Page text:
BTW, Rashmi. C.E.T. now has a dental rinse for dogs, which you might like to try (if your vet agrees) after a kibble meal. It's not a substitute for brushing! Just as for us, mouthwash isn't a substitute for brushing, but it can wash away some of the placque-forming bacteria. It's alcohol-free. It gets squirted along the gum line.

Also, you might have better luck with the tiny brushy thing that slips over one finger rather than a big cloth or brush.

I have done this with past dogs by gradually getting them used to a finger in the mouth. Do it when he's tired and relaxed, and gradually just stroke his throat (many dogs like that) and \"accidentally\" stroke the side of the mouth every now and then. This did not take me long to get to where he didn't mind his mouth being handled, and then when he tasted the chicken-flavor toothpaste, all was well! 8)
 

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Discussion Starter · #18 ·
Rashmi Kumar said:
I am glad to see that you guys use \"Embark\". Number of stores in NYC sells the \"Honest Kitchen.\" food. Cheaper too. :eek: :eek:
I was in a dilemma for the longest as to which one of the three- Force, Verve or Embark to use always relying on Embark. But my pouch is not allergic to grains…so I guess I can provide grains on top of it?
I guess as Embark is not in a pure RAW food form, I will have to clean his teeth? ....Also, Can I mix Raw Meat, RMB with it or should I give them separately?....Rashmi
You can indeed mix raw meat, RMBs, with Embark. It's not cooked like kibble, and digests quickly like raw.

You might want to do his teeth, period, no matter what else you are feeding besides raw.

Grains: IMO, dogs didn't evolve eating grains. They don't need grains. Their digestive systems evolved eating only the tiny grain amount that they may have devoured in their prey's intestines.

My own opinion is that a lot of grains contribute to the development of allergies, and to the development of more serious ailments, because of the stress on the pancreas to produce the enzymes to process grains. (Dogs don't produce the salivary enzyme we do, amylase, that starts the breakdown of grains and cellulose.)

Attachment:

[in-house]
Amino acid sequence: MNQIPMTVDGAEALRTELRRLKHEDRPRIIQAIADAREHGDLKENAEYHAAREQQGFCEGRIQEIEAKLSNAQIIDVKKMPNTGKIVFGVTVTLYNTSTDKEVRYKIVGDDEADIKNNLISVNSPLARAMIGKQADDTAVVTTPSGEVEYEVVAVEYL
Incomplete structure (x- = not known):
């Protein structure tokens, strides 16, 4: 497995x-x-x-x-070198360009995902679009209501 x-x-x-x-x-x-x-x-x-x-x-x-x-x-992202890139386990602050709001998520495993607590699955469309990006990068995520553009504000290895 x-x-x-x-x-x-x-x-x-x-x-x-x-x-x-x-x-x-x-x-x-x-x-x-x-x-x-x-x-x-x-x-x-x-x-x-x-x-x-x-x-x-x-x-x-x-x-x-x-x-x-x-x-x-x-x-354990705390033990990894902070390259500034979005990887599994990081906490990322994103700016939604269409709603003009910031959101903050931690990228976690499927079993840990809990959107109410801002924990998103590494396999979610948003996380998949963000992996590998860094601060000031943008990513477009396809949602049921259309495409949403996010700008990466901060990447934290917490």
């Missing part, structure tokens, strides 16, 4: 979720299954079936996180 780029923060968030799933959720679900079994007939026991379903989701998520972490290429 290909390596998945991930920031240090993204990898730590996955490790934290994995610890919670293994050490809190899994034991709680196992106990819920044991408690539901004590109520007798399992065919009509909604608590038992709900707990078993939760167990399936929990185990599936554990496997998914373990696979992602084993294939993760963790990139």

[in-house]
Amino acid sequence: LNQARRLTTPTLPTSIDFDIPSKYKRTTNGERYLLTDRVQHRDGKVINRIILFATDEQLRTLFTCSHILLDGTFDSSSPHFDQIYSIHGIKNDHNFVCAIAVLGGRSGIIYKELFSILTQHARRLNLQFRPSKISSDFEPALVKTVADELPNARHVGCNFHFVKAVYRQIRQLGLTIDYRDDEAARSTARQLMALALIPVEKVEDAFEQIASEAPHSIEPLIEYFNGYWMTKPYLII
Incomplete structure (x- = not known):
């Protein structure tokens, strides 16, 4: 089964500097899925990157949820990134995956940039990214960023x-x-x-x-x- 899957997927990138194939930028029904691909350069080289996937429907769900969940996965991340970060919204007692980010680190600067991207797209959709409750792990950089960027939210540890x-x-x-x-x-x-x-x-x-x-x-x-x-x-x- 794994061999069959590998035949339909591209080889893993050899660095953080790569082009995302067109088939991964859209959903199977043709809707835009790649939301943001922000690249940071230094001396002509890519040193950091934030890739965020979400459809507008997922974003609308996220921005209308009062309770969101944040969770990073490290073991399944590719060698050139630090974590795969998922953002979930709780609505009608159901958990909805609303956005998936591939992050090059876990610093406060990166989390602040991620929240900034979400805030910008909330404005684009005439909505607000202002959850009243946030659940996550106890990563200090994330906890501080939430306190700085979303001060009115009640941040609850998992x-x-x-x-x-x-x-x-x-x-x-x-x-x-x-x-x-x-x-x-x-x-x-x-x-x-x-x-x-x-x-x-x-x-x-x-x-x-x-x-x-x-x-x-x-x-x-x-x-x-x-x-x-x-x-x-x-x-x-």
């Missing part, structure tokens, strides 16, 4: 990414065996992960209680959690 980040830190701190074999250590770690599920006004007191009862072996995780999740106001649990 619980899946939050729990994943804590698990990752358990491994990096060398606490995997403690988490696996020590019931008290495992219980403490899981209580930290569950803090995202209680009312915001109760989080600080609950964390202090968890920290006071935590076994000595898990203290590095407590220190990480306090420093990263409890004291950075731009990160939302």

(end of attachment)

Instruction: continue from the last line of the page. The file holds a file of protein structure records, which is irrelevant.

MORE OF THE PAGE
So my opinion is that I would rather skip grains entirely (and I do), with the occasional small exception of a little well-cooked rice gruel for diarrhea or the occasional dog treat that might contain grains (but not for a dog with allergies).

The language used about the grainfree version being for dogs who \"cannot tolerate grains,\" is so worded not to make the foods WITH grains sound unusable, IMO only.
 

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Discussion Starter · #21 ·
diet - grains/carbs/etc.

Anne Jones said:
..... I also think that feeding Honest Kitchen with grains...kinda defeats the purpose of feeding raw.....no grain !!!! I guess if I wanted to feed grains, I'd just feed kibble & save myself a whole lot of trouble & $$$$. Dogs don't need carbs. I don't know why people insist on feeding them to their dogs. The only grain a canovour gets in the wild is as you stated, a predigested form that is in the stomach of their kill. That is why dogs do not have the ability to break down the cellular wall on veggies etc...they are not made to digest them first hand only 2nd hand already predigested by their kill.
Yes, this is the basis of the disagreement between b.a.r.f. and prey-model folks.

We have to remember that carbs are not just cereal/grain carbs. Carbs are also in green vegetables, berries, all produce, in fact, yogurt (and all dairy), and so on. For me, I always like to be clear and say grains when I mean the grain carbs, because I actually do feed the type of produce that dogs may have eaten in the wild (and wolves still do, I believe) when the prey situation was/is not perfect.......and I think it rarely was/is perfect.

So I feed greens and a little ripe fruit, both of which I believe replicate closely what the prey's intestinal contents plus the fallen produce an opportunistic scavenger would eat.

After reading convincing arguments on both sides of prey-model v. b.a.r.f., I decided I'd rather err on the side of abundance and not take from the diet (since I have control and the dog can't correct any errors I make) any macronutrients that the dog ever would eat in the wild and that would be part of the dog's evolution (IMO).

In order to break down the tougher outside cell walls of greens, as opposed to fallen produce, such as fruits and berries, and to approximate the partly-digested state of prey contents, I do cook and/or process the vegetables.

And about adding salmon oil and Vitamin E.........we've gone into that here. :lol:

Good post, Anne....thank you!